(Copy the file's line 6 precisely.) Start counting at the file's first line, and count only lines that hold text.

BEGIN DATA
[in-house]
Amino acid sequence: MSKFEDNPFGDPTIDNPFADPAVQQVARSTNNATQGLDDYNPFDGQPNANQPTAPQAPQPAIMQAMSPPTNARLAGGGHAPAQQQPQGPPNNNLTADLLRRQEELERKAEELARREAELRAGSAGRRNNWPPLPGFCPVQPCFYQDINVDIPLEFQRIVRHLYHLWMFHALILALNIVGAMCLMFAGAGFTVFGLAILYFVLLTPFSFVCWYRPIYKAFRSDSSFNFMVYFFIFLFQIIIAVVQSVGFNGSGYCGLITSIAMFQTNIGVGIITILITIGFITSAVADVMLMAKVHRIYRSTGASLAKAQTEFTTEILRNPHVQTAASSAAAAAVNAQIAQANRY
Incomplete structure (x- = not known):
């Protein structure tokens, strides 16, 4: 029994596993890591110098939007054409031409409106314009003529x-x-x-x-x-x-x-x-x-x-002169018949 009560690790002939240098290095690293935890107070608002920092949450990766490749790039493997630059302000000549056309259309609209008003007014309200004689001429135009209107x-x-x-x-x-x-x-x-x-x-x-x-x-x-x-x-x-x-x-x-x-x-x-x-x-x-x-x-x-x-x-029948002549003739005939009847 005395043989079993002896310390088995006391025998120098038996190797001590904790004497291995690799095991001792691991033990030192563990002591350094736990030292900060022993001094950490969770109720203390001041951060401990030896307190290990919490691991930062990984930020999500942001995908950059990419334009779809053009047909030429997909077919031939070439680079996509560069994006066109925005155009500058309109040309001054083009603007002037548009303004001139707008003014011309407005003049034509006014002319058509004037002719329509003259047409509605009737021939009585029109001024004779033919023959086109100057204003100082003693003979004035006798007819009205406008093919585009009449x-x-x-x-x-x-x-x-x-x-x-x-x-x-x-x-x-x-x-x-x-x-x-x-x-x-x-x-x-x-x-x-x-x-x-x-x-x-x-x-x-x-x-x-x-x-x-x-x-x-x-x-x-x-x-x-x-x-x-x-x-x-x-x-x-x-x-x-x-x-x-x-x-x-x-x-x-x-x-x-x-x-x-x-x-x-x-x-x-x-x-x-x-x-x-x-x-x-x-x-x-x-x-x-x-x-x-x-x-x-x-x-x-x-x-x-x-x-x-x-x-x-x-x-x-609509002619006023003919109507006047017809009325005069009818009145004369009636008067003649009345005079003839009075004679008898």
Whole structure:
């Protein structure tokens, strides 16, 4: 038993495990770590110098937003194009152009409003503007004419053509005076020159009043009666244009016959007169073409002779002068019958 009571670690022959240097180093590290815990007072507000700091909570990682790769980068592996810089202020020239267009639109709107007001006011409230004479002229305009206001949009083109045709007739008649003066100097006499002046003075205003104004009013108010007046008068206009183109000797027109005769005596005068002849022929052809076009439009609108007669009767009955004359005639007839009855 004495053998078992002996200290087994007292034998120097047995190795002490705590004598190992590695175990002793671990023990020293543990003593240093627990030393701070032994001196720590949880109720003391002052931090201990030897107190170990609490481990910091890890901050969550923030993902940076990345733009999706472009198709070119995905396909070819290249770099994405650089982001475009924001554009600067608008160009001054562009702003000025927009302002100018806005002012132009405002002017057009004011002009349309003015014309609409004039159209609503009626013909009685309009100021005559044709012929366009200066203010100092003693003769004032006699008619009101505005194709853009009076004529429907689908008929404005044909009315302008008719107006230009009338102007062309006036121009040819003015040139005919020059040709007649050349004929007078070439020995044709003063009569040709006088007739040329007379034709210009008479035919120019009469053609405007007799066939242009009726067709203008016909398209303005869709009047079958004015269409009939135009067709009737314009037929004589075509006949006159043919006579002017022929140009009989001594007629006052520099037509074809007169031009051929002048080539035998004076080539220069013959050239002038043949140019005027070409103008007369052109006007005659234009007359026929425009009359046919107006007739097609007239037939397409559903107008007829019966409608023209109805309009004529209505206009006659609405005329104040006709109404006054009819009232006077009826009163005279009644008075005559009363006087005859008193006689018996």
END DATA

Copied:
């Protein structure tokens, strides 16, 4: 038993495990770590110098937003194009152009409003503007004419053509005076020159009043009666244009016959007169073409002779002068019958 009571670690022959240097180093590290815990007072507000700091909570990682790769980068592996810089202020020239267009639109709107007001006011409230004479002229305009206001949009083109045709007739008649003066100097006499002046003075205003104004009013108010007046008068206009183109000797027109005769005596005068002849022929052809076009439009609108007669009767009955004359005639007839009855 004495053998078992002996200290087994007292034998120097047995190795002490705590004598190992590695175990002793671990023990020293543990003593240093627990030393701070032994001196720590949880109720003391002052931090201990030897107190170990609490481990910091890890901050969550923030993902940076990345733009999706472009198709070119995905396909070819290249770099994405650089982001475009924001554009600067608008160009001054562009702003000025927009302002100018806005002012132009405002002017057009004011002009349309003015014309609409004039159209609503009626013909009685309009100021005559044709012929366009200066203010100092003693003769004032006699008619009101505005194709853009009076004529429907689908008929404005044909009315302008008719107006230009009338102007062309006036121009040819003015040139005919020059040709007649050349004929007078070439020995044709003063009569040709006088007739040329007379034709210009008479035919120019009469053609405007007799066939242009009726067709203008016909398209303005869709009047079958004015269409009939135009067709009737314009037929004589075509006949006159043919006579002017022929140009009989001594007629006052520099037509074809007169031009051929002048080539035998004076080539220069013959050239002038043949140019005027070409103008007369052109006007005659234009007359026929425009009359046919107006007739097609007239037939397409559903107008007829019966409608023209109805309009004529209505206009006659609405005329104040006709109404006054009819009232006077009826009163005279009644008075005559009363006087005859008193006689018996």